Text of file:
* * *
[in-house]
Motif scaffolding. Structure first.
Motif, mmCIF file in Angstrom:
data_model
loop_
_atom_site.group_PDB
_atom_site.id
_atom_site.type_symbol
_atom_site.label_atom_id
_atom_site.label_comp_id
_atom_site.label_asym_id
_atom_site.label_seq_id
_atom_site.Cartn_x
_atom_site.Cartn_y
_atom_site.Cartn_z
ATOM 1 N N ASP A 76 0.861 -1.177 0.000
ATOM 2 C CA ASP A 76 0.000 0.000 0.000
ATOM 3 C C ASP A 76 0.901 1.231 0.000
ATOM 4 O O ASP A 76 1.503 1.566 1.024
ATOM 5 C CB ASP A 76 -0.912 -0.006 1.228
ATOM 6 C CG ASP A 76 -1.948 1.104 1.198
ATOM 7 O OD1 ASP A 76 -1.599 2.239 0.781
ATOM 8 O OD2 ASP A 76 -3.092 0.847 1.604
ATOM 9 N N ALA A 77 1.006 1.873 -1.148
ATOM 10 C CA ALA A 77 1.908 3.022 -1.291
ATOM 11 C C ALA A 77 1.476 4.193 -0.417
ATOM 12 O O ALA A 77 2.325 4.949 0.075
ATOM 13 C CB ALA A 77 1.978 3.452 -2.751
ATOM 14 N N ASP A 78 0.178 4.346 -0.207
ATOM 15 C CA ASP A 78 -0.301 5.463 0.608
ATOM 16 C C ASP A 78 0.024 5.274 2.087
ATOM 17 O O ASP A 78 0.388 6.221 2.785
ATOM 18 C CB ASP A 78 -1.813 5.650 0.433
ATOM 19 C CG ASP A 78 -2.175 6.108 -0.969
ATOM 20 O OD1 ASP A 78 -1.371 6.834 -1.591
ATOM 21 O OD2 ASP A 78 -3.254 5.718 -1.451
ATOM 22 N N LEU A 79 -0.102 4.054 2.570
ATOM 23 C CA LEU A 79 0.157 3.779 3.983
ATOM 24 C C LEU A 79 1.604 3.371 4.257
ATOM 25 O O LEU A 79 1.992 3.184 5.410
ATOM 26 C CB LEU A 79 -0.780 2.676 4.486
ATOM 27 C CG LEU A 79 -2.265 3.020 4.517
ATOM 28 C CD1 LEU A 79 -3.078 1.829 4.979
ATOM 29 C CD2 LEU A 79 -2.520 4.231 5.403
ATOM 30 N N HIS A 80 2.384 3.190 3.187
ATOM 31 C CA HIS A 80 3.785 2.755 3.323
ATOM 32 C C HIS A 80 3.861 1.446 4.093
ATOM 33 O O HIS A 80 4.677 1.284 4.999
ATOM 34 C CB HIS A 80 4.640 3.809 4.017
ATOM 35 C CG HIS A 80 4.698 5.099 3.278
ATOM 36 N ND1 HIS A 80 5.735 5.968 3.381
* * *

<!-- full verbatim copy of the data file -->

[in-house]
Motif scaffolding. Structure first.
Motif, mmCIF file in Angstrom:
data_model
loop_
_atom_site.group_PDB
_atom_site.id
_atom_site.type_symbol
_atom_site.label_atom_id
_atom_site.label_comp_id
_atom_site.label_asym_id
_atom_site.label_seq_id
_atom_site.Cartn_x
_atom_site.Cartn_y
_atom_site.Cartn_z
ATOM 1 N N ASP A 76 0.861 -1.177 0.000
ATOM 2 C CA ASP A 76 0.000 0.000 0.000
ATOM 3 C C ASP A 76 0.901 1.231 0.000
ATOM 4 O O ASP A 76 1.503 1.566 1.024
ATOM 5 C CB ASP A 76 -0.912 -0.006 1.228
ATOM 6 C CG ASP A 76 -1.948 1.104 1.198
ATOM 7 O OD1 ASP A 76 -1.599 2.239 0.781
ATOM 8 O OD2 ASP A 76 -3.092 0.847 1.604
ATOM 9 N N ALA A 77 1.006 1.873 -1.148
ATOM 10 C CA ALA A 77 1.908 3.022 -1.291
ATOM 11 C C ALA A 77 1.476 4.193 -0.417
ATOM 12 O O ALA A 77 2.325 4.949 0.075
ATOM 13 C CB ALA A 77 1.978 3.452 -2.751
ATOM 14 N N ASP A 78 0.178 4.346 -0.207
ATOM 15 C CA ASP A 78 -0.301 5.463 0.608
ATOM 16 C C ASP A 78 0.024 5.274 2.087
ATOM 17 O O ASP A 78 0.388 6.221 2.785
ATOM 18 C CB ASP A 78 -1.813 5.650 0.433
ATOM 19 C CG ASP A 78 -2.175 6.108 -0.969
ATOM 20 O OD1 ASP A 78 -1.371 6.834 -1.591
ATOM 21 O OD2 ASP A 78 -3.254 5.718 -1.451
ATOM 22 N N LEU A 79 -0.102 4.054 2.570
ATOM 23 C CA LEU A 79 0.157 3.779 3.983
ATOM 24 C C LEU A 79 1.604 3.371 4.257
ATOM 25 O O LEU A 79 1.992 3.184 5.410
ATOM 26 C CB LEU A 79 -0.780 2.676 4.486
ATOM 27 C CG LEU A 79 -2.265 3.020 4.517
ATOM 28 C CD1 LEU A 79 -3.078 1.829 4.979
ATOM 29 C CD2 LEU A 79 -2.520 4.231 5.403
ATOM 30 N N HIS A 80 2.384 3.190 3.187
ATOM 31 C CA HIS A 80 3.785 2.755 3.323
ATOM 32 C C HIS A 80 3.861 1.446 4.093
ATOM 33 O O HIS A 80 4.677 1.284 4.999
ATOM 34 C CB HIS A 80 4.640 3.809 4.017
ATOM 35 C CG HIS A 80 4.698 5.099 3.278
ATOM 36 N ND1 HIS A 80 5.735 5.968 3.381